The FDIC receives thousands of calls each month from depositors, bankers and other professionals asking about the effect of adding or deleting someone else's name on an account. And in many cases, it's a good thing they ask. That's because decisions about whose names appear on a deposit account can affect such matters as who has a right to withdraw money, how much of the funds are FDIC- insured if the bank were to fail, and who will inherit your money when you die.
FDIC Consumer News can't advise you on how to share your money — now or upon your death — but we can give you the following guidance about the implications of adding names onto deposit accounts and even onto the list of people who can access a safe deposit box.
Adding a co-owner to a deposit account is very different from giving someone limited access in an emergency. People often want family members or friends to be able to withdraw funds from their bank account if, for example, they become ill or incapacitated. One way to do that is to make an arrangement with the bank to specify in the account records that you are giving someone the right to withdraw money on your behalf. Another way is to grant the other person a "power of attorney," which gives him or her the legal authority to handle transactions and make financial and other decisions for you.
However, some bank customers who only want another person to be their backup in an emergency will go ahead and add that other person as a co-owner of an account, and that could be a mistake. "You need to remember that by establishing a joint account with another person, you are giving him or her equal ownership of the funds," said Kathleen Nagle, a supervisor with the FDIC's Division of Supervision and Consumer Protection. "This other person will have as much right to the money as you do, and you shouldn't take that fact lightly."
FDIC insurance coverage for most accounts is based on who owns the money, not who can withdraw the money. "When the FDIC receives an inquiry about deposit insurance coverage, usually our first question is, 'Who owns the funds?'" said Martin Becker, an FDIC senior specialist for deposit insurance claims. "Only the legal owner of the funds is entitled to insurance coverage."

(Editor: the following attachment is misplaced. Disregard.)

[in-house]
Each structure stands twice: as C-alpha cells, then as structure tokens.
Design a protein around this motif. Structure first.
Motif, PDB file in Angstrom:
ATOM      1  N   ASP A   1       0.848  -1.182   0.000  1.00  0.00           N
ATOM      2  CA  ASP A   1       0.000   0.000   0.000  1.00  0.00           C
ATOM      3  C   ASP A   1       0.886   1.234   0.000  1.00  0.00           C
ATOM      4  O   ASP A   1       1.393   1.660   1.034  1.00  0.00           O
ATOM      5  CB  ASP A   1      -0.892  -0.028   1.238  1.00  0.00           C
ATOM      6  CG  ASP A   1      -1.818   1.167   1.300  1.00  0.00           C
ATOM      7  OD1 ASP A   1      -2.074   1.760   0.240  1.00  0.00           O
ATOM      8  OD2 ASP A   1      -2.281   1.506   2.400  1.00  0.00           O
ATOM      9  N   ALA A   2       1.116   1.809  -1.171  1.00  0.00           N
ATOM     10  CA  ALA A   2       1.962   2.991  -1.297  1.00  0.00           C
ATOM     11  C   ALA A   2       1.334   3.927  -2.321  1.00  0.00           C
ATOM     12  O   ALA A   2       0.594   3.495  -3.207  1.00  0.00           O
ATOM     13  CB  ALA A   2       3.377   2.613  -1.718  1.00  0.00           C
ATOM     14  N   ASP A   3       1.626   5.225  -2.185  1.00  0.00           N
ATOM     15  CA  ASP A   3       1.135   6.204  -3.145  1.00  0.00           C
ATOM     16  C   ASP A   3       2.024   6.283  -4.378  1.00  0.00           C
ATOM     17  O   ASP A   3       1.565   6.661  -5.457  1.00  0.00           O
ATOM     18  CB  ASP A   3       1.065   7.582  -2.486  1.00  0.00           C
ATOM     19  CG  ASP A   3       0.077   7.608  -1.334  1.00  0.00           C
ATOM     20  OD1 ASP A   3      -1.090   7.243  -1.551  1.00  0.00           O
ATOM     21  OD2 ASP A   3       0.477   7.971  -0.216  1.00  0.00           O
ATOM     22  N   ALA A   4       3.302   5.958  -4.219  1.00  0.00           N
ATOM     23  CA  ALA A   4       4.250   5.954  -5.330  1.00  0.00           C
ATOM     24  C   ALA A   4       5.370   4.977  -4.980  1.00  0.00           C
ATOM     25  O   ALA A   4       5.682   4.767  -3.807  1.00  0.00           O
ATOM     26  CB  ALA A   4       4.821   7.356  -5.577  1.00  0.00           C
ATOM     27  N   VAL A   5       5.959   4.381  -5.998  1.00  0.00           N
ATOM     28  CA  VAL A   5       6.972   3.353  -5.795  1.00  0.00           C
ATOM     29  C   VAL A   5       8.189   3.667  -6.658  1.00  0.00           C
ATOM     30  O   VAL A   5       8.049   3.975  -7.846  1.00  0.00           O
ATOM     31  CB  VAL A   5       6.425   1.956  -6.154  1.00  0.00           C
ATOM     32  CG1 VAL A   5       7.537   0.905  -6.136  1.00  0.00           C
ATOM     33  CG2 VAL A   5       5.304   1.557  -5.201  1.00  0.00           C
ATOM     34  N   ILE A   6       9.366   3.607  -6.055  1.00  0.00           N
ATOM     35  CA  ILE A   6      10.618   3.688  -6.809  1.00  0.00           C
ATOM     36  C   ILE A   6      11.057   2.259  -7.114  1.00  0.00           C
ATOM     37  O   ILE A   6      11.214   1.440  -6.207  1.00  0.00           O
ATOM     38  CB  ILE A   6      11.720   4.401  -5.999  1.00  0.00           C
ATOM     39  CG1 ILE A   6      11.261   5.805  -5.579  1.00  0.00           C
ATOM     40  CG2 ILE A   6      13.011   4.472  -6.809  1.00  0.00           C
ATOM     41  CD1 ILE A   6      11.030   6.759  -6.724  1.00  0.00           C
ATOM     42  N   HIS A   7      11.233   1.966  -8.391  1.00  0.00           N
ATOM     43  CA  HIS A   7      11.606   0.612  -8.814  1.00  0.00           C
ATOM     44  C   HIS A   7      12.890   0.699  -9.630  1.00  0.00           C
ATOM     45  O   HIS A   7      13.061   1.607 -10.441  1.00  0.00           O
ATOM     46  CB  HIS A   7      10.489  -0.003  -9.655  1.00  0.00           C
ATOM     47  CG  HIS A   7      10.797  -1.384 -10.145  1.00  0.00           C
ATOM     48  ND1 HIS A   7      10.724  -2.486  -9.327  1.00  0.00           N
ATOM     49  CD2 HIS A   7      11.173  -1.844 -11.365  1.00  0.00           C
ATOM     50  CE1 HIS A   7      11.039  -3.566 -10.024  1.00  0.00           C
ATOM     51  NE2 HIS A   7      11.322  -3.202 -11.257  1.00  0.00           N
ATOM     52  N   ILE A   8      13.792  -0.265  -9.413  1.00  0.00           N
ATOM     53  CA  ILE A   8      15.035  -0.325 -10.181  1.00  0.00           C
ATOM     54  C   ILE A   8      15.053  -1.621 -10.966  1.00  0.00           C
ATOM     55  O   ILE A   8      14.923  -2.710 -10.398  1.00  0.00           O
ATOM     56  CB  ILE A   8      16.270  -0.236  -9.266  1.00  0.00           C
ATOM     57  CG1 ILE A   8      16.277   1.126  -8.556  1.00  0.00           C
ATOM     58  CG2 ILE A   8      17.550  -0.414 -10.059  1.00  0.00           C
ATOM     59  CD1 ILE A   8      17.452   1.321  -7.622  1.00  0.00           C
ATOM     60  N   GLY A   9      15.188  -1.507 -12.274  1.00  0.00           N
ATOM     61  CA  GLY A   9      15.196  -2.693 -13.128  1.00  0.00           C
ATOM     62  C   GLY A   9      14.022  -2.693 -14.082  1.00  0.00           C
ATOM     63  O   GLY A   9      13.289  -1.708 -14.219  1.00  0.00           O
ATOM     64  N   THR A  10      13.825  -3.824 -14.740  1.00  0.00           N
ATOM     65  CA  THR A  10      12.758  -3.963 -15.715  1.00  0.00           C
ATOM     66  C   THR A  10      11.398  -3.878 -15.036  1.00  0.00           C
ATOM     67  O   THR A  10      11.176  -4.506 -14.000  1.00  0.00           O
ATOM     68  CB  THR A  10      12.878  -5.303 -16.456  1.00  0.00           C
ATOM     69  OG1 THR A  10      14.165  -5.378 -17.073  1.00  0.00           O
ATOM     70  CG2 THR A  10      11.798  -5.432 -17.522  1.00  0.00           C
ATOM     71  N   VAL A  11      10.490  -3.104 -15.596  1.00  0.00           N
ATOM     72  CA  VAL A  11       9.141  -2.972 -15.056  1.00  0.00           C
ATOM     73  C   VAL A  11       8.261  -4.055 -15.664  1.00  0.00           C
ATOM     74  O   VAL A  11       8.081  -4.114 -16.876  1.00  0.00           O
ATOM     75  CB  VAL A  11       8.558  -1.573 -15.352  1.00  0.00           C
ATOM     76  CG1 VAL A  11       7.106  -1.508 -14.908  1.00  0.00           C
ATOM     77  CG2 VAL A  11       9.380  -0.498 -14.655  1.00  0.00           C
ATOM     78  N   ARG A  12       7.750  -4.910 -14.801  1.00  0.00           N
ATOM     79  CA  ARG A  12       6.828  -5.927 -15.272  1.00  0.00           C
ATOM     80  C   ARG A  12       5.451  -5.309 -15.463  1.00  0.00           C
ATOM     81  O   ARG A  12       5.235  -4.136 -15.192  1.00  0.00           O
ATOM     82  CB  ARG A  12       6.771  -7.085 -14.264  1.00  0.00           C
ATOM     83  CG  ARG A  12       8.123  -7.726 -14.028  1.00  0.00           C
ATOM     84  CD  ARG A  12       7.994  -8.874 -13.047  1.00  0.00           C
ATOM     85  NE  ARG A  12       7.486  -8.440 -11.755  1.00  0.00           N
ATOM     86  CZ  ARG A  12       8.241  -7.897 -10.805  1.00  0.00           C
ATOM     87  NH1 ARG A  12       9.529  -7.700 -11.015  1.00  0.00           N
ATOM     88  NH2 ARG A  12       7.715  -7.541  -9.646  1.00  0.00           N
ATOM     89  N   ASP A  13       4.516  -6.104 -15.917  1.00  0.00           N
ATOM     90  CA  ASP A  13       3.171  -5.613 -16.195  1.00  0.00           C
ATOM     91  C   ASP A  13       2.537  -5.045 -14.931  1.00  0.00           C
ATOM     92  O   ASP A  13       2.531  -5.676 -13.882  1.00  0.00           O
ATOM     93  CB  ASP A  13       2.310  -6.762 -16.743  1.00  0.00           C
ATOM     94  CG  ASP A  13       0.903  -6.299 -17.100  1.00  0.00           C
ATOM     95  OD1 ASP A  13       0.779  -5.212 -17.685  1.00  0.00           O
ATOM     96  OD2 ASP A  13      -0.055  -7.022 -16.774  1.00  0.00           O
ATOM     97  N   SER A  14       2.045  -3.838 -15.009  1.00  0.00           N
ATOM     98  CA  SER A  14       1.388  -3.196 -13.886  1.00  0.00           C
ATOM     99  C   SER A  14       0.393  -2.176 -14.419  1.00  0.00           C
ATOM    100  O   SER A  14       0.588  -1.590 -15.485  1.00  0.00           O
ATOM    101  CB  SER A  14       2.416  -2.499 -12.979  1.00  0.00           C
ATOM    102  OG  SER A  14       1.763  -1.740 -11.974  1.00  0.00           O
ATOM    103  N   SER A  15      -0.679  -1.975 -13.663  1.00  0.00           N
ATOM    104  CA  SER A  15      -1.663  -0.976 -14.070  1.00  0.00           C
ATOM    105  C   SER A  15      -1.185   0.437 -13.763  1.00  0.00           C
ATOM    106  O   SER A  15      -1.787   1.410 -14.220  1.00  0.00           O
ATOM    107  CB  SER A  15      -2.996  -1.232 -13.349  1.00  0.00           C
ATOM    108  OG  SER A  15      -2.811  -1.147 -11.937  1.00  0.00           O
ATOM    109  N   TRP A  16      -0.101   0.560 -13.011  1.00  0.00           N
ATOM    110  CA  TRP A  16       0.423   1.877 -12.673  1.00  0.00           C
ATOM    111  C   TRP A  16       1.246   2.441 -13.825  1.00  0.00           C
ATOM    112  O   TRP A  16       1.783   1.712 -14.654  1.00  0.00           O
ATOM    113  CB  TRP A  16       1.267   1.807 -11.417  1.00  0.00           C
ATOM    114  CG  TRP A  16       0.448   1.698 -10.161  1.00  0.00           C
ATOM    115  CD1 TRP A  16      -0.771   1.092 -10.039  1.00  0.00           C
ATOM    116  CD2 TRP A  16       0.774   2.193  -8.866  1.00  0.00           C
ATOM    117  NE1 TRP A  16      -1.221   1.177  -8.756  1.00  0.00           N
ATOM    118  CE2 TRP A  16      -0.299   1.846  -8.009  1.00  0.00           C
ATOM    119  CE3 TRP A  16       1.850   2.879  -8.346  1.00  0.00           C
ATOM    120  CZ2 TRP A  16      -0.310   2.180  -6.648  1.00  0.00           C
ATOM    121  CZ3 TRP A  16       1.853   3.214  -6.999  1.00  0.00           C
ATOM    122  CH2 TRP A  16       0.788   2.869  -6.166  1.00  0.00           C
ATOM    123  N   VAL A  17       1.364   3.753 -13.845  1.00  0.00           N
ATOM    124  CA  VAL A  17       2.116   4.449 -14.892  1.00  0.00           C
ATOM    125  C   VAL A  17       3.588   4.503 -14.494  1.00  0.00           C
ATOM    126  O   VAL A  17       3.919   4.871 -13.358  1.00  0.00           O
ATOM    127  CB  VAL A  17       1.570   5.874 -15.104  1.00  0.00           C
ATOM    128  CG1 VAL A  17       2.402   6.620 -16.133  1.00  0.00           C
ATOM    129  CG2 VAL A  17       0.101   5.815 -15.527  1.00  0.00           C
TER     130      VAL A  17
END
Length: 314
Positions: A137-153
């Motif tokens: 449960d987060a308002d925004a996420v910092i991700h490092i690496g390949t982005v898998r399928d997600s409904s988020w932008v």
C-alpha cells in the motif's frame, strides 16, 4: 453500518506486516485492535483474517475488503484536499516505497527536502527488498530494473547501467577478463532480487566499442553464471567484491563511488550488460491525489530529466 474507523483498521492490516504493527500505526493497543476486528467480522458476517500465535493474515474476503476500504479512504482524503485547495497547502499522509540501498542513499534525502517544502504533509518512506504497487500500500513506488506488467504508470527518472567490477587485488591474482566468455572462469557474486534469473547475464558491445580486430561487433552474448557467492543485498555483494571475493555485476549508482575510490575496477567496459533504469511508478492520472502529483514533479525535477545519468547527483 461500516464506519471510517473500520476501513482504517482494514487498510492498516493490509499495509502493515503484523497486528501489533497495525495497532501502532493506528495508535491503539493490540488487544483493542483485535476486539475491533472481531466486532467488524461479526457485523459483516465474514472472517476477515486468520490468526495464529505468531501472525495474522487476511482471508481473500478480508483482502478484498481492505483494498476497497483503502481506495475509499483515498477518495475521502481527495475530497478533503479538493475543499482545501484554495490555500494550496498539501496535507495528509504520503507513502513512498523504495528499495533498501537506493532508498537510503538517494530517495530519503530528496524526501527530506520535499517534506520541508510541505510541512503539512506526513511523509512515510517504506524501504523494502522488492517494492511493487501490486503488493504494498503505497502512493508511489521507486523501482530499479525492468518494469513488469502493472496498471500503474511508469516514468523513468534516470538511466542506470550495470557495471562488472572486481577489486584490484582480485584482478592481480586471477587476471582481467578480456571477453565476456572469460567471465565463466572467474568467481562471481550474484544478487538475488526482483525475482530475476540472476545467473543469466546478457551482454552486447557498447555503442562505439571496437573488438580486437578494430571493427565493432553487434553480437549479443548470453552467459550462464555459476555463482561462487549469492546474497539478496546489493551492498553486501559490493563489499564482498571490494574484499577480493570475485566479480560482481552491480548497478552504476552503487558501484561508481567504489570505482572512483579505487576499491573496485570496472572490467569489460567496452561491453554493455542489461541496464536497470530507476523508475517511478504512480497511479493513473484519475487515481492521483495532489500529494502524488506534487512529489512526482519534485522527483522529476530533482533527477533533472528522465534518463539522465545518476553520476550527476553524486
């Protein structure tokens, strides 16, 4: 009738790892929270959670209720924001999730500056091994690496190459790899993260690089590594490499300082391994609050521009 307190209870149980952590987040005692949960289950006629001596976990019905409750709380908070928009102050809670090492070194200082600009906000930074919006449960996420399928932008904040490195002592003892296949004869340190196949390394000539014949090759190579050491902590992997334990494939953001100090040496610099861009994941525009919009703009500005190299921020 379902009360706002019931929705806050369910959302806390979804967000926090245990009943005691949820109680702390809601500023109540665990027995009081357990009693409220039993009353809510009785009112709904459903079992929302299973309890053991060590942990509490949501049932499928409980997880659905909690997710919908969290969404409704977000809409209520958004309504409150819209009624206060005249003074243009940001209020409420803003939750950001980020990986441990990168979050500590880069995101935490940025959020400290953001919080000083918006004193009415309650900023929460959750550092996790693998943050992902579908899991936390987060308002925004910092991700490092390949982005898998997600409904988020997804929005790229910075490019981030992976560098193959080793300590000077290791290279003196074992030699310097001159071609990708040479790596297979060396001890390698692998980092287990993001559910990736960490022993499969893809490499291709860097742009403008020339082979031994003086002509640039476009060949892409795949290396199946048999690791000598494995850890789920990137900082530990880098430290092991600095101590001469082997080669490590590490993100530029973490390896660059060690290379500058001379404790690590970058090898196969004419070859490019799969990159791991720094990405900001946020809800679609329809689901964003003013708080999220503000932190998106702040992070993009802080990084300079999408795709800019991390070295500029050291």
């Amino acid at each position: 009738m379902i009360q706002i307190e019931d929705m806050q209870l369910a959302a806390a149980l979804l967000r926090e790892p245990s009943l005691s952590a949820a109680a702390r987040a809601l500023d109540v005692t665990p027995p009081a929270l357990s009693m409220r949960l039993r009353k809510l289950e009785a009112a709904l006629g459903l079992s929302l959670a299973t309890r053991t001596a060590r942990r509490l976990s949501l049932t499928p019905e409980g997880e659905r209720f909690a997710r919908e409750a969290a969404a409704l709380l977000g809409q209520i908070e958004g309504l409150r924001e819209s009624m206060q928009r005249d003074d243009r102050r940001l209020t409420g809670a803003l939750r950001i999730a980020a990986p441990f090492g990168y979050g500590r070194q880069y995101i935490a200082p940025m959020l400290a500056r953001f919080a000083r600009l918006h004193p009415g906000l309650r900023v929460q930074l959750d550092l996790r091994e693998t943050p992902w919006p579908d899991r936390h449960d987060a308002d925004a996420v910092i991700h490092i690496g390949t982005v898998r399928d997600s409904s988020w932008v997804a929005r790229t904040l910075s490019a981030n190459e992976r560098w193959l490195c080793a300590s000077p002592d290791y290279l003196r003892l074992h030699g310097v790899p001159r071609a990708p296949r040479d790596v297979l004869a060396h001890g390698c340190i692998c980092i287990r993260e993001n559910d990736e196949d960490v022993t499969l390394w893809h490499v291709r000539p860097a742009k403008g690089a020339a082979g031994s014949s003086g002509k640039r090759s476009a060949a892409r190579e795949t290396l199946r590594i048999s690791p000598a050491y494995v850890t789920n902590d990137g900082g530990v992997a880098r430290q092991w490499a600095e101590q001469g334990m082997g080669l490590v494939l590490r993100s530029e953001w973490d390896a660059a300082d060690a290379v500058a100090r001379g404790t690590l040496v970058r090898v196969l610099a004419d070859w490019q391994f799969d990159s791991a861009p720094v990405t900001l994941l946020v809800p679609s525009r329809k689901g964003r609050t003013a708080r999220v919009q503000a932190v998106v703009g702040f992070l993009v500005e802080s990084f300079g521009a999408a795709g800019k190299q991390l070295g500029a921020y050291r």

Example: If two people have a joint account at the same bank and no other joint accounts there, the account is FDIC-insured up to $200,000 ($100,000 for each owner). If, instead, the $200,000 account lists one owner and another person authorized to withdraw funds as a convenience for the owner, the account is FDIC-insured to $100,000, not $200,000.
You can get additional FDIC insurance protection on certain accounts that name beneficiaries who will receive your money if you die. One such account is a payable-on-death account (also called an in-trust-for account) that can be set up by simply naming the beneficiaries in the bank's records. Another is a deposit account tied to a formal "living trust," a document that should be drawn up by an attorney.
To obtain the extra insurance coverage, specific requirements must be satisfied. If every beneficiary you name is a parent, spouse, sibling, child or grandchild, the FDIC will insure the account for up to $100,000 per beneficiary, not $100,000 in total. That means your account can be insured up to $200,000 if there are two beneficiaries from the list above, $300,000 if there are three, and so on. But other beneficiaries — including a nephew, niece, cousin, grandparent, in-law, ex-spouse, friend or charity — do not qualify the account for this extra insurance coverage. The portion of the account payable to them would be added to any accounts you have at the bank in the single (individual) account category and the total will be insured to a maximum of $100,000. .
You cannot increase the insurance coverage of Individual Retirement Accounts by adding beneficiaries. Regardless of the number of beneficiaries you name to receive your IRA deposits if you die, your retirement accounts at one institution are insured up to $100,000 in total, and no more.
Think about who else should have access to your safe deposit box. You can jointly rent a safe deposit box with a relative or anyone else who would have unrestricted access to the box, now or when you die. Or, you can arrange with your bank to permit someone to access the box as a convenience to you, not as full or partial owners of the contents. "It isn't enough to tell someone where to find your key to the safe deposit box," noted Janet Kincaid, FDIC Senior Consumer Affairs Officer. "He or she must be on the bank's records to be able to get into the box."
Becker added that it's also important to periodically review who has access to your safe deposit box. "Circumstances may change," he said. "For example, perhaps you've gotten divorced since you rented the box. You might not want that other person to have access to the contents."